Every month, a compassionate high school student bakes and delivers cookies to 20 of her neighbors to “make someone smile.”
Elise Chang, a student at Towson High School in Baltimore, MD, has been baking cookies and delivering them to various families in her area every month. Her purpose is to make her neighbors happy and to show them that someone cares about them.
“The other goal is to make connections with my neighborhood, and it’s going well!” Elise stated.
Elise bakes and then delivers tiny cookie surprise presents to around 20 homes in her town; some go to people she knows, while others go to neighbors she has yet to meet. She dubbed her cookie business “Tough Cookie Project” since the last few years have been difficult for many of us, and everyone deserves a treat for surviving them.
“The people who receive my cookies are people I know and people I don’t know.” “I’m trying to branch out and meet new neighbors,” she explained.
Elise includes a message with the cookies to introduce herself and explain the reason behind the biscuits.
“Hello! “My name is Elise Chang, and I am a rising senior at Towson High School,” she stated in her notes. “I’d like to share The Tough Cookie Service Project with you all.” I’ve been working on it since the fall of 2020. I was motivated after reaching out to friends and delivering cookie care packages to them. The epidemic and isolation we’ve all felt have shown me that people are immensely resilient. But it also made me understand how much more kindness is needed in the world. That is the main purpose of my project: to spread compassion (and cookies)! And, when life resumes normalcy, I hope the Tough Cookie Service Project inspires people to perform tiny acts of kindness for family, friends, neighbors, and strangers. As a result, tiny cookie parcels will begin to appear in our neighborhood! Elise Chang, from one tough cookie to another.”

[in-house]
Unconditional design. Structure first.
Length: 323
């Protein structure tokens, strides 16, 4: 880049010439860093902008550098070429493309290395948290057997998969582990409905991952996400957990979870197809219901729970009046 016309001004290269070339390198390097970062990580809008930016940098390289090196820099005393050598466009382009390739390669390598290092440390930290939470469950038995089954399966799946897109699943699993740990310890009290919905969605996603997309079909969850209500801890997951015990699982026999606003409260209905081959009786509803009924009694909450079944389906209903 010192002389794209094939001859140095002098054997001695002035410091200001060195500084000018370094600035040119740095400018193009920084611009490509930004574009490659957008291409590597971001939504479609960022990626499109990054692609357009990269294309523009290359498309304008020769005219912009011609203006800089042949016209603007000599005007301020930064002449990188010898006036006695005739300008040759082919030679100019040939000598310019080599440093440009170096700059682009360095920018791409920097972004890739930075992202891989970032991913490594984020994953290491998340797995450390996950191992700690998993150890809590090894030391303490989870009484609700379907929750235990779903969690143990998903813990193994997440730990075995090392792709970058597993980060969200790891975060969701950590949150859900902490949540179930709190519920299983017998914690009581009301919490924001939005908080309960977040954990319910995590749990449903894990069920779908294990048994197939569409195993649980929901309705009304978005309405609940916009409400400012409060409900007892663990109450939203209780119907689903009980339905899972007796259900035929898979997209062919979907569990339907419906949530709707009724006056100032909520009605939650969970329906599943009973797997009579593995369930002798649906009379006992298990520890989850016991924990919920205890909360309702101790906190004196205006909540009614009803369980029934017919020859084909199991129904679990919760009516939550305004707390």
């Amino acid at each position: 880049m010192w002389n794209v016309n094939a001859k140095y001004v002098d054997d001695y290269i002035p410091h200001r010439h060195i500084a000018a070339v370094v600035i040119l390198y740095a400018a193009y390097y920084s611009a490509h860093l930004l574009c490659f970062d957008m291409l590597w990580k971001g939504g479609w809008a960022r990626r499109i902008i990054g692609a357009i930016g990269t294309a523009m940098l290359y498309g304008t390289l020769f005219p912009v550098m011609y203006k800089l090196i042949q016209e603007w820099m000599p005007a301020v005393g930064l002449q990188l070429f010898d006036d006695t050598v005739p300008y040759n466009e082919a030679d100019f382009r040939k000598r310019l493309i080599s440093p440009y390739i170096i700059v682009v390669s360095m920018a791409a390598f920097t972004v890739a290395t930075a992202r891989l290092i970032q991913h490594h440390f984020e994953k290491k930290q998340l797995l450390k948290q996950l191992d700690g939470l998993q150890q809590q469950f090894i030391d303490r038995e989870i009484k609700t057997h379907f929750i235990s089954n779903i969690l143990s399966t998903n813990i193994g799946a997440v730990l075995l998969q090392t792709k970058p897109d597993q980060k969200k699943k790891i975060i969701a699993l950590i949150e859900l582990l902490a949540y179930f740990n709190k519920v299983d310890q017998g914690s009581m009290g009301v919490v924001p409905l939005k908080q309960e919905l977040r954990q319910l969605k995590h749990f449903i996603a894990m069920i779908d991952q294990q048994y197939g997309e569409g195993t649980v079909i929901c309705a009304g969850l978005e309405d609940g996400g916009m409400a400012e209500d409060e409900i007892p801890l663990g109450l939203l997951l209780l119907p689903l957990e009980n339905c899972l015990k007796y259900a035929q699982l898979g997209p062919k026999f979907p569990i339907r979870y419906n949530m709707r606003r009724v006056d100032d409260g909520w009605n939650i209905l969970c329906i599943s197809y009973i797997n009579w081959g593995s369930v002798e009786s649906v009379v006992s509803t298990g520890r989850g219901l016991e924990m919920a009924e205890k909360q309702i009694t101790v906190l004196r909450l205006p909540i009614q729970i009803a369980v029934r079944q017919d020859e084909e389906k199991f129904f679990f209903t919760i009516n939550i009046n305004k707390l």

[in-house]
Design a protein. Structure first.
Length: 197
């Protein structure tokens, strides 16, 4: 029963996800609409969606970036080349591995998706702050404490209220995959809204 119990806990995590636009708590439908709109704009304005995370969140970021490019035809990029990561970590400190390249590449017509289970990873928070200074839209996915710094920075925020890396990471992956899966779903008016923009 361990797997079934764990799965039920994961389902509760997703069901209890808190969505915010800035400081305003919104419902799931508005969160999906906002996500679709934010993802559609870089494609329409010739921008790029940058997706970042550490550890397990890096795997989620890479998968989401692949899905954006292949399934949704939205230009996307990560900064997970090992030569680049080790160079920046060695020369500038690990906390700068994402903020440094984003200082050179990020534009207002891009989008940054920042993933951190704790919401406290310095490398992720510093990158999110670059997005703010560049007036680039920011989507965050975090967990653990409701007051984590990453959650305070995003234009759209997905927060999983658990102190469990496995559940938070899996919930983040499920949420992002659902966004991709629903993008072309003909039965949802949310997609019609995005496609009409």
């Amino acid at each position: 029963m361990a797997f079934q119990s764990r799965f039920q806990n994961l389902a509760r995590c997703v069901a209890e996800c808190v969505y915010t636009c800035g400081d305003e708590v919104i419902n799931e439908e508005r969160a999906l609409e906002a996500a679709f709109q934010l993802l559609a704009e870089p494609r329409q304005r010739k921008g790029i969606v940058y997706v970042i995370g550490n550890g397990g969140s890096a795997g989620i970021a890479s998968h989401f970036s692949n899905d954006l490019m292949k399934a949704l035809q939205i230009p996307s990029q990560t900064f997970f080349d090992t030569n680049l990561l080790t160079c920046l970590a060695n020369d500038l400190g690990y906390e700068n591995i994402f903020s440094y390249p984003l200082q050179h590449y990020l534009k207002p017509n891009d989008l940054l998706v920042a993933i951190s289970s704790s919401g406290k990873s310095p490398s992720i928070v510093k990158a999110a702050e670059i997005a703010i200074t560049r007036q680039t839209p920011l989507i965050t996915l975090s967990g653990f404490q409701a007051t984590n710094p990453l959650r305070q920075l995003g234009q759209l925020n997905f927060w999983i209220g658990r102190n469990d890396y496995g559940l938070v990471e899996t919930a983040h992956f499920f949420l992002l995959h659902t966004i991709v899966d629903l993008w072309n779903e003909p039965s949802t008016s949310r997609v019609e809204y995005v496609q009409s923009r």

Many people in her town were affected by the cookies and caring letters, and many of her neighbors delivered her thank-you notes.
“As a thank you for the cookies, a child sent me a cute letter and a painted rock.” She also promised to return the favor. “I’ve gotten letters and notes from kids and adults, neighbors and anonymous writers,” Elise explained.
“The first letter came from an older neighbor of mine, and she hadn’t been home when I dropped off the cookie care package, but she said she returned home and sobbed when she read it because it was a little check in, you know, someone reaching out and saying, ‘Hey! ‘I care for you!’ She stopped by and handed me a handwritten note saying that what I’m doing is fantastic, which encouraged me to keep going.”
Elise bakes chocolate chip cookies and has a unique method for keeping the cookies soft by adding butter and adjusting the baking temperature.
“They appear to be popular, and I enjoy making them.” I make Nestle Tollhouse Chocolate Chip Cookies. My mom used to bake these all the time when I was kid, and it’s still my favorite.”
Elise finds satisfaction in interacting and giving presents, and she recognizes the need to practice compassion as often as possible.
“I’ve met more people than I could have imagined.” I’ve begun to perform more random acts of kindness throughout the day. More compassion is always needed in this world. Whether it’s a simple smile or a cookie, our acts have far more impact than we realize. Whatever happens, I am optimistic about the future. Amid a frantic, busy world, I’ve witnessed how resilient compassion is. “At the end of the day,” she remarked, “we’re all tough cookies.”
“I love random acts of kindness. You can just make someone smile when they weren’t originally or they’ll just be thinking about you or what you’ve done and want to continue giving kindness to others, which is really important to me.”